From the Desk of Mike Anderson: Toyota’s Training Website Offers Free Information for Collision Repairers
Written by Mike Anderson, Autobody News
Published November 5, 2018
One of the occasional frustrations I experience is seeing the industry fail to make use of some of the great (and free!) resources shops have at their disposal.
When you find, for example, something is missing or seemingly inaccurate in one of the estimating systems, please take a few minutes to submit an inquiry to the Database Enhancement Gateway (www.degweb.org). In October, for example, someone questioned why there was no paint time for the fender bracket for the 2017 Toyota 4Runner in the CCC estimating system; within a day, CCC responded that it was adding two-tenths of an hour of paint time for the part. The entire industry benefits from the few minutes it took someone to submit that inquiry to the DEG. If every shop in the country were to submit even just one or two inquiries a year, the estimating systems would be far more complete and accurate.
Can’t find some specific collision repair information? There’s “Ask I-CAR,” an excellent, searchable database of questions submitted by your colleagues and answered by the great folks at I-CAR. Wondering if Hyundai or Kia has sectioning procedures, for example? What does I-CAR say about repairing damaged door intrusion beams or bumper reinforcements? The answers are right at “Ask I-CAR” (https://rts.i-car.com/ask-i-car.html). If your question isn’t there and already answered, you can submit it to be answered for you – likely helping others as well. (Full disclosure: There’s a subscription fee for I-CAR’s Repairability Technical Support resources, but it’s waived for any shop that is regularly training with I-CAR.)
But perhaps the free resource I most often see shops scribbling down in their notes when I talk about it in my classes is Collision Repair & Refinish Training (www.crrtraining.com), which is packed with tools to help you repair Toyota and Lexus vehicles. It’s not a substitute for subscribing to Toyota’s repair information website, but it offers tons of great information.
Here are just a few portions of the website that I think shops should check out:
- Start with the “News” tab at the top of the homepage. On the right-hand side is a list of categories of content, including “Tech TIPS.” Divided up between “Painters Corner” and “Body Corner,” the Tech TIPS offer Toyota’s information and advice for your technicians on such topics as blending, decoding paint codes and sensor recalibration.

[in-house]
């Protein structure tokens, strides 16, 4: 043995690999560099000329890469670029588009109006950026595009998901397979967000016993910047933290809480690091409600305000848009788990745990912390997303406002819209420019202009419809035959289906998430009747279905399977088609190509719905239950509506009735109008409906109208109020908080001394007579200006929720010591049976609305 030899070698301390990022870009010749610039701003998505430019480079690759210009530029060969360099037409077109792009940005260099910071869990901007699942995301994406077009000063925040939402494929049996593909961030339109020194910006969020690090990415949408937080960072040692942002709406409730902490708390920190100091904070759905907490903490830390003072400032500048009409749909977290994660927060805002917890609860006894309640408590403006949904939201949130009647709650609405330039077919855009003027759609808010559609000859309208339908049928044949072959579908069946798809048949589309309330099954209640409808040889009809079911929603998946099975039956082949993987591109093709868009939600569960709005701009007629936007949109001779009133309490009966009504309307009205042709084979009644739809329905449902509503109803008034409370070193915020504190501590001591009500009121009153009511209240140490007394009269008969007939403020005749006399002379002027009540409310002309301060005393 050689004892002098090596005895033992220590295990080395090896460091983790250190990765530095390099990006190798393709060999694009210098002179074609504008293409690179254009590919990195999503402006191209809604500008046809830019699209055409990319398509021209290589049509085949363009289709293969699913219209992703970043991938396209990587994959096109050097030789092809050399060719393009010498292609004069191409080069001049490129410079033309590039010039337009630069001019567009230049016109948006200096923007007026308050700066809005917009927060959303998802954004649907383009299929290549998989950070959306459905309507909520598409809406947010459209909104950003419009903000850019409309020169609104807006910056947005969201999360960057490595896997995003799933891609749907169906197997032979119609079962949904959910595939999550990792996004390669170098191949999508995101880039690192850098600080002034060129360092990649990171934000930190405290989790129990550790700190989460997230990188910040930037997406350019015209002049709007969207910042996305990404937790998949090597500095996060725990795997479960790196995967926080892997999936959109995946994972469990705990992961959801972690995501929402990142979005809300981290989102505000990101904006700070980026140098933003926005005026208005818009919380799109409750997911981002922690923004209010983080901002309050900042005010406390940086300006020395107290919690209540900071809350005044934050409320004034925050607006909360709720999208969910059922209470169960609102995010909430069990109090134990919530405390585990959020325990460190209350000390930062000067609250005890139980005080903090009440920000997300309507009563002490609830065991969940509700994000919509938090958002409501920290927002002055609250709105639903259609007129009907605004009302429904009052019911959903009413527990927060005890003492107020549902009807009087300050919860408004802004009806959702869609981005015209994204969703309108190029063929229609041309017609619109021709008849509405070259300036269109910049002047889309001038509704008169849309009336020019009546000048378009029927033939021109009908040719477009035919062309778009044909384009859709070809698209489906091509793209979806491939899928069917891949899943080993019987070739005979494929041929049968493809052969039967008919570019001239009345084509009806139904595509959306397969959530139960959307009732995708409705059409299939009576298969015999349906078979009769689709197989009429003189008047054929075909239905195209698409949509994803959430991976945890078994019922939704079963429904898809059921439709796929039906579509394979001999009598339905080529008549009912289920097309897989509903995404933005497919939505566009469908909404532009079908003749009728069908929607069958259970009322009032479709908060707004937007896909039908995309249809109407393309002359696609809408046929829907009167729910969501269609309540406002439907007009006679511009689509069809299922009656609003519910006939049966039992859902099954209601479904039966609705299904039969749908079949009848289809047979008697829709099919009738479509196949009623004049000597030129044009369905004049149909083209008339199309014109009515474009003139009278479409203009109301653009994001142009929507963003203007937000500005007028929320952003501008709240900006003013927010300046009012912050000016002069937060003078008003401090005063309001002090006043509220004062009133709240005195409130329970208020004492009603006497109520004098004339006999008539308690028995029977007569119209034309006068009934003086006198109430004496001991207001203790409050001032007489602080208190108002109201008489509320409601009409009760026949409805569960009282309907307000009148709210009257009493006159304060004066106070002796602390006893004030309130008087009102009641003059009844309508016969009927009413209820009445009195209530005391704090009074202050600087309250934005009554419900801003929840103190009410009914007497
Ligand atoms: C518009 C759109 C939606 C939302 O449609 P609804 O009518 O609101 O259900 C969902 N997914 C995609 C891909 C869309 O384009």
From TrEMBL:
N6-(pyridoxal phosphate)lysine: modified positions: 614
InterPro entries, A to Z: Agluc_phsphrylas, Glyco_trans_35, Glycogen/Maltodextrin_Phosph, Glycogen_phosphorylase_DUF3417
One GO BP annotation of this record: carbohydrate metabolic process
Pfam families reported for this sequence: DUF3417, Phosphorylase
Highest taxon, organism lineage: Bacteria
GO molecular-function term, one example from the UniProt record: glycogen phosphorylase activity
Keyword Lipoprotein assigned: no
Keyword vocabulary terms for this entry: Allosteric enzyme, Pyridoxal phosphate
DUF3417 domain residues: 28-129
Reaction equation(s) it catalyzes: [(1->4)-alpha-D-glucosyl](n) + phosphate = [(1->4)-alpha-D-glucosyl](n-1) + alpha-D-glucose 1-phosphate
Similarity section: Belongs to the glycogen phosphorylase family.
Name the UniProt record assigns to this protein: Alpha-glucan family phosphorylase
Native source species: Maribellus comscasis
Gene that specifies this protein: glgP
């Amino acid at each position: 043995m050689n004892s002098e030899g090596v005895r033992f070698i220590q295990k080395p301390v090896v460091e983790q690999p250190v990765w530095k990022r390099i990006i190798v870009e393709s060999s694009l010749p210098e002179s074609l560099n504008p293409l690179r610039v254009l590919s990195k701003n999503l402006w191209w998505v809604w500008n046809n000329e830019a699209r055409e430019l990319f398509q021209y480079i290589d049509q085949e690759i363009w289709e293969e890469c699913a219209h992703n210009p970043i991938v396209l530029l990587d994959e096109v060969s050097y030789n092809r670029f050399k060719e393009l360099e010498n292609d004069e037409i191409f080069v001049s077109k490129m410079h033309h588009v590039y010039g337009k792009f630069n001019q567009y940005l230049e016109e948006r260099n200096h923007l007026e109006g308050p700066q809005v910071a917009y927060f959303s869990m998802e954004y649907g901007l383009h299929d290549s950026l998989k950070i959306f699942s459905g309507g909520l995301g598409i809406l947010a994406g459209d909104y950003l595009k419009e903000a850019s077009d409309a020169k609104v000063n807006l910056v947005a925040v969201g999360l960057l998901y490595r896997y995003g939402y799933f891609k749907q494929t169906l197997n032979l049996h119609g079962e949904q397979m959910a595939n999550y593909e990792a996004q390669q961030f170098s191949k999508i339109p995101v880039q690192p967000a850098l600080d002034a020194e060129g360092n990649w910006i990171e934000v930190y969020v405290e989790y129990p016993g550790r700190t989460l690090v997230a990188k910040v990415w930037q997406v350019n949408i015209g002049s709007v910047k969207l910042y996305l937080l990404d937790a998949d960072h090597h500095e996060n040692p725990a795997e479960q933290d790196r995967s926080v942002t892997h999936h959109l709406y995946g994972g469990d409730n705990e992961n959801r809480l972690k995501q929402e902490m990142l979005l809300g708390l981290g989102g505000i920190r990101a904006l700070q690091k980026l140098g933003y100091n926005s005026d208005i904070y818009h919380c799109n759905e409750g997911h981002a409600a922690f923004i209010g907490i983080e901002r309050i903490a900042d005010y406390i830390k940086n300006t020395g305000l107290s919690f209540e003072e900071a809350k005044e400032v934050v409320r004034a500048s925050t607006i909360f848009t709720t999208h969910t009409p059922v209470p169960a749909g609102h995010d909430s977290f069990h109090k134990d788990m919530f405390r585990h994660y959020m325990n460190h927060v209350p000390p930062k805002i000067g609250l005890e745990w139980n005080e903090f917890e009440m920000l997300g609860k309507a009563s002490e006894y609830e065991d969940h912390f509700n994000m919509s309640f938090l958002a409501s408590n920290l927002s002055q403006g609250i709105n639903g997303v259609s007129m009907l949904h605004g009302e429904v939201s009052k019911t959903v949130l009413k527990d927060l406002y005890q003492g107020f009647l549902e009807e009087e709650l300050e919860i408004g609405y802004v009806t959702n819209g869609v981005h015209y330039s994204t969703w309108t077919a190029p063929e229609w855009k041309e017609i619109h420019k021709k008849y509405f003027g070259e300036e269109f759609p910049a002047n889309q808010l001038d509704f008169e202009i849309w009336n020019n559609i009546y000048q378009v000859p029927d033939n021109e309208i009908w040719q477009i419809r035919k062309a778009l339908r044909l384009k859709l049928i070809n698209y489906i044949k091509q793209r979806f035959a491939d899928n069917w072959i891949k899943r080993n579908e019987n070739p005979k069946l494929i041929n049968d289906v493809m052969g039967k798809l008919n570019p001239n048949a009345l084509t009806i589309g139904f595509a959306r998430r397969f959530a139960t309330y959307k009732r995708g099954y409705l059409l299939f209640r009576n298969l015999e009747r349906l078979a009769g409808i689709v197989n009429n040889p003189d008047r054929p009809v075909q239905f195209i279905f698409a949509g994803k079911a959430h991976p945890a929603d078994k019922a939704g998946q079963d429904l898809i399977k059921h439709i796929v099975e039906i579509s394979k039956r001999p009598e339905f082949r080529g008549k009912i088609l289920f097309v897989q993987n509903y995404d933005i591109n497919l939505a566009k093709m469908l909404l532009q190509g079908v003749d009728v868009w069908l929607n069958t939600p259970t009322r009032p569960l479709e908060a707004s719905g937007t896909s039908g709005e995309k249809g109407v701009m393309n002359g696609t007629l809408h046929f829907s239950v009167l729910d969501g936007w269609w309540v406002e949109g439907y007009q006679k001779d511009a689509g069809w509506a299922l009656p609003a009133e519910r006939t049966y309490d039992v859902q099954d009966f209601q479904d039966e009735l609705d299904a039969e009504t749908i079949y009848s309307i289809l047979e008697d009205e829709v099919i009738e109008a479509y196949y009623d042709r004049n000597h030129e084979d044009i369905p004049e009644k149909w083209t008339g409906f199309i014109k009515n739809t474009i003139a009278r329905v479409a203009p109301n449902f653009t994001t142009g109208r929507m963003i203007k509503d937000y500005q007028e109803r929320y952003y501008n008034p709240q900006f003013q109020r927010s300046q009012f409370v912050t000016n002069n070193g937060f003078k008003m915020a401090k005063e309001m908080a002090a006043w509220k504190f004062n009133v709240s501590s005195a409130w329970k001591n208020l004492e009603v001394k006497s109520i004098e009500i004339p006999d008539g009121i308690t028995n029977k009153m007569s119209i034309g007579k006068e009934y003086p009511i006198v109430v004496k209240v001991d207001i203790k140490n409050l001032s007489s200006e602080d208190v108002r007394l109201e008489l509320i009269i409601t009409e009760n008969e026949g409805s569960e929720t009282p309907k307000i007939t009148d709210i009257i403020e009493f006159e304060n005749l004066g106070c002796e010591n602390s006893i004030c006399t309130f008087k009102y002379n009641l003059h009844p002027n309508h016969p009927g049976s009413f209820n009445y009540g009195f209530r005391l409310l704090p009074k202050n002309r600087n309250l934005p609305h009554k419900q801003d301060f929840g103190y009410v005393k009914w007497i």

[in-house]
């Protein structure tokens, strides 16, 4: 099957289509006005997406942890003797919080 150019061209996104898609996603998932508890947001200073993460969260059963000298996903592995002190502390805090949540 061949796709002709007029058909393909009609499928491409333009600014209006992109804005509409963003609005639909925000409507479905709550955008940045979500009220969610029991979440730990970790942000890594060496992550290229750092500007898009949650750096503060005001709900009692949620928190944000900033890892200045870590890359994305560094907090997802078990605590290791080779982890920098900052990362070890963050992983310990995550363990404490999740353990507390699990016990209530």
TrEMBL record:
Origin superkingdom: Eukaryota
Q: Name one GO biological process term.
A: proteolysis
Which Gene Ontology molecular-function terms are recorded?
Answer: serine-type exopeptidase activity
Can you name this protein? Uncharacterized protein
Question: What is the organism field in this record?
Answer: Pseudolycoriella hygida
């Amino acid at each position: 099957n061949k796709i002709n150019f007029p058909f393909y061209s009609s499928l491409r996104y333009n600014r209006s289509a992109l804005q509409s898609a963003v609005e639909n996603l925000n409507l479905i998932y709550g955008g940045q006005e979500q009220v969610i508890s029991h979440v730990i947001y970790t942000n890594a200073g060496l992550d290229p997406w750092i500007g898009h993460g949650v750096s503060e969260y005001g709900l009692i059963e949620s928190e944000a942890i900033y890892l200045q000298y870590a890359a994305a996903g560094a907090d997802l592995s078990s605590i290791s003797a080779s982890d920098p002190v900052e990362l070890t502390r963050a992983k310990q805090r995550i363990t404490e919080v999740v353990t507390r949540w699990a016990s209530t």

- The “Training News” category is divided up further by topics including “paint,” “body,” “electrical” and “safety.” I usually suggest starting with the “recommended procedures” topic because you’ll probably find something of immediate use and interest, such as articles on zero point calibration, calibrating bird’s-eye view cameras and welding techniques that minimize heat-effect.
- The “Video” category includes about a dozen brief videos. One of the best videos features Toyota trainer Eric Mendoza walking you through the proper procedures for conducting a “health check” (a diagnostic scan) on a Toyota vehicle.
- If you haven’t already done so, use the “CR&R Info” tab from the home page to register for the “Secure Personal Identification Number” (SPIN) that you need to register for any of the collision repair training courses Toyota offers for both dealership and independent shop technicians. Many of those courses are offered online through the website, and you can also find a complete schedule for the instructor-led courses Toyota offers at its three training facilities around the country. (A fourth location is “coming soon.”)
- I also encourage shops to sign up to receive Toyota’s “Collision Pros” magazine. It’s a free quarterly publication that offers repairer information on Toyota’s newest vehicles, advice on finding the Toyota information you need and tips such as how to order replacement vehicle information labels. You can sign up to receive it using this link: https://tinyurl.com/CollisionPros. But until you receive your first copy (or if you ever want to see articles from previous issues), some of the magazine’s content is available at the Toyota training website.
I commend Toyota for creating all the content that they have to help the industry. Now it’s up to you to put the website to use to help your technicians and your business.